Discussion

The present systematic review and meta-analysis of 65 RCTs with 8009 adolescents is the first evidence synthesis to review the literature on the effectiveness of ‘relaxation techniques’ to reduce the symptoms of anxiety, distress and/or depression in young people aged 14–24. Majority of the studies included in our analysis were conducted in an educational setting of High-Income Countries (HICs) with adolescents with symptoms of depression and distress. The results of meta-analysis showed that relaxation techniques work across three outcomes (distress, anxiety and depression) yielding small to moderate effect sizes. Multicomponent, face-to-face delivered relaxation techniques with a booster dose were more effective.

The relaxation techniques were found to be moderately effective in reducing anxiety and distress in adolescents. This is consistent with the findings of previous reviews of relaxation techniques which yielded positive effect of relaxation techniques on reducing symptoms of anxiety in adults. In a systematic review and meta-analysis of 27 RCTs, with 1005 adults, Manzoni et al. [12] found that relaxation techniques had medium to large effect size to reduce the symptoms of anxiety in adults. Similarly, Klainin-Yobas [38] reported reduction in the symptoms of anxiety among older adults.

Our meta-analysis showed that relaxation techniques have only a small effect on improving depressive symptoms in adolescents. The finding is consistent with the findings reported in the literature where the impact of relaxation strategies to reduce the symptoms of depression is not well established [39]. Other psychological treatments like Cognitive Behavioural Therapy (CBT) are found to be more effective for the treatment of depressive symptoms, where relaxation techniques can be implemented with mild to moderate depressive symptoms as a part of multicomponent therapy [40]. A recent systematic review and network meta-analysis of school-based interventions to prevent anxiety and depression in children and adolescents [41] showed that compared with usual treatment, mindfulness and relaxation-based universal interventions were effective to reduce symptoms of anxiety in young people; however, no effect of relaxation techniques was found on depressive symptoms.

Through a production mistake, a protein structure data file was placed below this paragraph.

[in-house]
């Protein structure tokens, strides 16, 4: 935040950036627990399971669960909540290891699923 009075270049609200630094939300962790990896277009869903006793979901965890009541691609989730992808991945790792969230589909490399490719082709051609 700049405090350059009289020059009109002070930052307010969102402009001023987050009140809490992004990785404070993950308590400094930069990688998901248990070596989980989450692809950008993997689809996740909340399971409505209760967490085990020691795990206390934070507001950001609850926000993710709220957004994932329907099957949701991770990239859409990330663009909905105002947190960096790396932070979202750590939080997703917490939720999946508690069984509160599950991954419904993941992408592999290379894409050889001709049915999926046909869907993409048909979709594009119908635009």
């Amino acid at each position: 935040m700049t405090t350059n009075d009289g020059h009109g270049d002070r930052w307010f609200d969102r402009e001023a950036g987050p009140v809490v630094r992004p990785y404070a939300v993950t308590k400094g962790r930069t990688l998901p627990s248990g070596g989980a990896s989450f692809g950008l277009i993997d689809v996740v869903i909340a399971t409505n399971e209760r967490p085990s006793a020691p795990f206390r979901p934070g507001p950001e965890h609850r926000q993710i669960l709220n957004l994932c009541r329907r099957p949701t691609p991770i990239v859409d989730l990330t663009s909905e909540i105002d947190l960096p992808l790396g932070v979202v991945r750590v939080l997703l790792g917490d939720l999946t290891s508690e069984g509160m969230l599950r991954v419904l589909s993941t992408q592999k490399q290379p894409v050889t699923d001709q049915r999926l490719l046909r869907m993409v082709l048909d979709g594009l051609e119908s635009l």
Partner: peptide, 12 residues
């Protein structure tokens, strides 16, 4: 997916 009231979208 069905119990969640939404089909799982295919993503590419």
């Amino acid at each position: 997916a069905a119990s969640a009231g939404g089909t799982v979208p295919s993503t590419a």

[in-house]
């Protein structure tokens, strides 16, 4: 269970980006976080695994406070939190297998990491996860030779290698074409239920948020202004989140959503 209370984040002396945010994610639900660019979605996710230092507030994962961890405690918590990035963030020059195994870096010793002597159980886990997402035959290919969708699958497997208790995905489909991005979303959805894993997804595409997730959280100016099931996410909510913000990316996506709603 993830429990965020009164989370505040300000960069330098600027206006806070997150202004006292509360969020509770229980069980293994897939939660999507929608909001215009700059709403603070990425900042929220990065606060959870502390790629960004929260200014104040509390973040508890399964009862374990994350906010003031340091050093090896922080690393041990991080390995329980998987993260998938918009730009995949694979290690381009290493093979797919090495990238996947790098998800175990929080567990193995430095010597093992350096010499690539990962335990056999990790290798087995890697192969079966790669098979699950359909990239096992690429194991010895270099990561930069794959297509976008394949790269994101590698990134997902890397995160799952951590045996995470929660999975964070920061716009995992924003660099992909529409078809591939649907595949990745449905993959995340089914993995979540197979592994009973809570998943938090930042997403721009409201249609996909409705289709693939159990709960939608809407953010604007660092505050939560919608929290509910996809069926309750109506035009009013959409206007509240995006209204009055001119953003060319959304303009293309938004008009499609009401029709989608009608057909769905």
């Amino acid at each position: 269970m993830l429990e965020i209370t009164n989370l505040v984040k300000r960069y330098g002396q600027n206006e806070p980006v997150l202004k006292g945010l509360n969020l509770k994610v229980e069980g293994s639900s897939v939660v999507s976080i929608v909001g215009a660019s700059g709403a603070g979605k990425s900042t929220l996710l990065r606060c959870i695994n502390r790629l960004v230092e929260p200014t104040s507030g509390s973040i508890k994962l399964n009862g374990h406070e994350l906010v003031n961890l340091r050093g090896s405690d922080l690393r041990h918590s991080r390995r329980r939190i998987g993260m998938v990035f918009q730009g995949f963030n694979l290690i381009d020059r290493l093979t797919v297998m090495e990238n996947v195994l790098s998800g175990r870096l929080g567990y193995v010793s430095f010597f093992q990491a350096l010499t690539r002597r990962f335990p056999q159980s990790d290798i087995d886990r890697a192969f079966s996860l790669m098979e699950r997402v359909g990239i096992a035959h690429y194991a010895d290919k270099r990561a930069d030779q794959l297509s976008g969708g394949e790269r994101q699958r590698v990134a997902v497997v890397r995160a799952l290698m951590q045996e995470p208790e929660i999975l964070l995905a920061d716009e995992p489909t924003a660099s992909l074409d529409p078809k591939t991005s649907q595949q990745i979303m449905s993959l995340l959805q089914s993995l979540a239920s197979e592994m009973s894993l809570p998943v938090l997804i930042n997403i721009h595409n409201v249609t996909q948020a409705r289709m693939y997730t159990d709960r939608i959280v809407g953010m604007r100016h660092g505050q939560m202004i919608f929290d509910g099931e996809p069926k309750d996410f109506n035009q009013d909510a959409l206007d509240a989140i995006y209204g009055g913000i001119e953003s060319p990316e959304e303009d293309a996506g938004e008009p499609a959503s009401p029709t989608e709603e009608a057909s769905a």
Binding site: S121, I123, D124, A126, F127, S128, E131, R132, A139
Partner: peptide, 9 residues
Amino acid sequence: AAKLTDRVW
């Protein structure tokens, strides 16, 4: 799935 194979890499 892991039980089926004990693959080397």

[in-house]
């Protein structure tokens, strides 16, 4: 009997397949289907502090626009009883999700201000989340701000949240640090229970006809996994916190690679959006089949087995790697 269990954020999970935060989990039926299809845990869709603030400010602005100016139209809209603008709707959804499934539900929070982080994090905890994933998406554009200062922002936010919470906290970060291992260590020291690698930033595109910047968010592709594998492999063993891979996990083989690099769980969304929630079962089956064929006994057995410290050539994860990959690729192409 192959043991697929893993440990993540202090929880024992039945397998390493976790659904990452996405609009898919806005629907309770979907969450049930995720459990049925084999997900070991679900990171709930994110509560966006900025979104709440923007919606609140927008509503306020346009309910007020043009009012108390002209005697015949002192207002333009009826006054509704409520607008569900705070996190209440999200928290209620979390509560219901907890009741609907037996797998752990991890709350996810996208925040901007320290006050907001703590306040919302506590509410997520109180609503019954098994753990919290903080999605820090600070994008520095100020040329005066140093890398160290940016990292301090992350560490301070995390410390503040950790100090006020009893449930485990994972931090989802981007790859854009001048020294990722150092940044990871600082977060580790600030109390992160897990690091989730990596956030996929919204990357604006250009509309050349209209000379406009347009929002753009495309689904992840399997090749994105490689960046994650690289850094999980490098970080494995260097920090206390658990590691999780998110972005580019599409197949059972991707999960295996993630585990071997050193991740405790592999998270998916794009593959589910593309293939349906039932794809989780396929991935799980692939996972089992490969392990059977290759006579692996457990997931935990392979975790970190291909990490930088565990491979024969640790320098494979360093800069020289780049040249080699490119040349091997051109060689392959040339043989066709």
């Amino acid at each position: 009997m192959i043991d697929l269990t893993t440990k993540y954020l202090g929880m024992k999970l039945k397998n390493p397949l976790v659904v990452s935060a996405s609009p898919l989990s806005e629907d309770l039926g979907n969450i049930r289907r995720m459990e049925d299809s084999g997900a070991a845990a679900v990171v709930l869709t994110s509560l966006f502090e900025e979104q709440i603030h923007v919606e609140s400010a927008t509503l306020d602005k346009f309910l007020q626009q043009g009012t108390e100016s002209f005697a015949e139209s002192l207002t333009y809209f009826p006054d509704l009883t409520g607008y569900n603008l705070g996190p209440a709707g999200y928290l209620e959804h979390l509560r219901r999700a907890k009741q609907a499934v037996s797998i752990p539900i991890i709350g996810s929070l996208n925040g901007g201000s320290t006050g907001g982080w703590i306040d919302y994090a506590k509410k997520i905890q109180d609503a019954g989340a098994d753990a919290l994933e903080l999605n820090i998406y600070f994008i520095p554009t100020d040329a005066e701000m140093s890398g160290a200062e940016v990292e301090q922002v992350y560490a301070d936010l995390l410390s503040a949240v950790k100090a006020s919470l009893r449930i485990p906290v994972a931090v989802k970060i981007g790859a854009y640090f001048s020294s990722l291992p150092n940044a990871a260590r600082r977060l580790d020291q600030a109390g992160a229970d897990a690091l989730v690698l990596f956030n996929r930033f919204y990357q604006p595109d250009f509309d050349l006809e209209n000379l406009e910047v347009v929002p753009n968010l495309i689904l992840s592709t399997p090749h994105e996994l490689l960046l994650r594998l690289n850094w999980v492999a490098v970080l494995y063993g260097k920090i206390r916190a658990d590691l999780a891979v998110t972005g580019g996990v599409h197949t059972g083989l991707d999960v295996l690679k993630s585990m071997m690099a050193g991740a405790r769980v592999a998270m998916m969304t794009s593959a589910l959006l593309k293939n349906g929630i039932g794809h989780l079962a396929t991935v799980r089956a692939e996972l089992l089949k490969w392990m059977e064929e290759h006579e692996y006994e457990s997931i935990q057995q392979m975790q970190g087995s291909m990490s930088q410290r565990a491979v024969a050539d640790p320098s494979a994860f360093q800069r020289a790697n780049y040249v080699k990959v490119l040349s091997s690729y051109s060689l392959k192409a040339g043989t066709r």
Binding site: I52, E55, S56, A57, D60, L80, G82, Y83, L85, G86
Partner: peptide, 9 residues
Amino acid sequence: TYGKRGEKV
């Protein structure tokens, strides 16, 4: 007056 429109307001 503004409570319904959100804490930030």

Although all included interventions varied greatly in their dose and types, overall, these interventions were more effective to reduce the symptoms of anxiety and distress and less effective to reduce symptoms of depression in adolescents. In this review, age of the participants was inversely related with reduction of anxiety symptoms. These findings are in line with what Manzoni et al. [12] reported, where relaxation techniques had more beneficial effects to treat anxiety in young people compared to older people.

The findings of this review may be of clinical importance given that there is a lack of evidence-based psychosocial interventions for anxiety and depression in adolescents, especially in low resource settings and that the relaxation techniques are simple, easy to learn, teach and use and can be delivered by health care workers across the spectrum (i.e., from non-specialist facilitators in community and primary healthcare settings to a mental health specialist). Finding of our review support the use of relaxation intervention techniques to address non-specific mental health distress according to the staged model of illness, which highlights the importance of relaxation technique as first level population mental health interventions [23, 42]. Because of their potential for scalability, effectiveness and cost-effectiveness, relaxation techniques have been recommended in the World Health Organization Mental Health Gap Action Programme (WHO mhGAP) intervention guide for the management of stress, emotional problems and depression in adolescents and have been used as an integral component of multicomponent psychological intervention packages for adolescent anxiety and depression in low resource settings [43].

Strengths and limitations of this review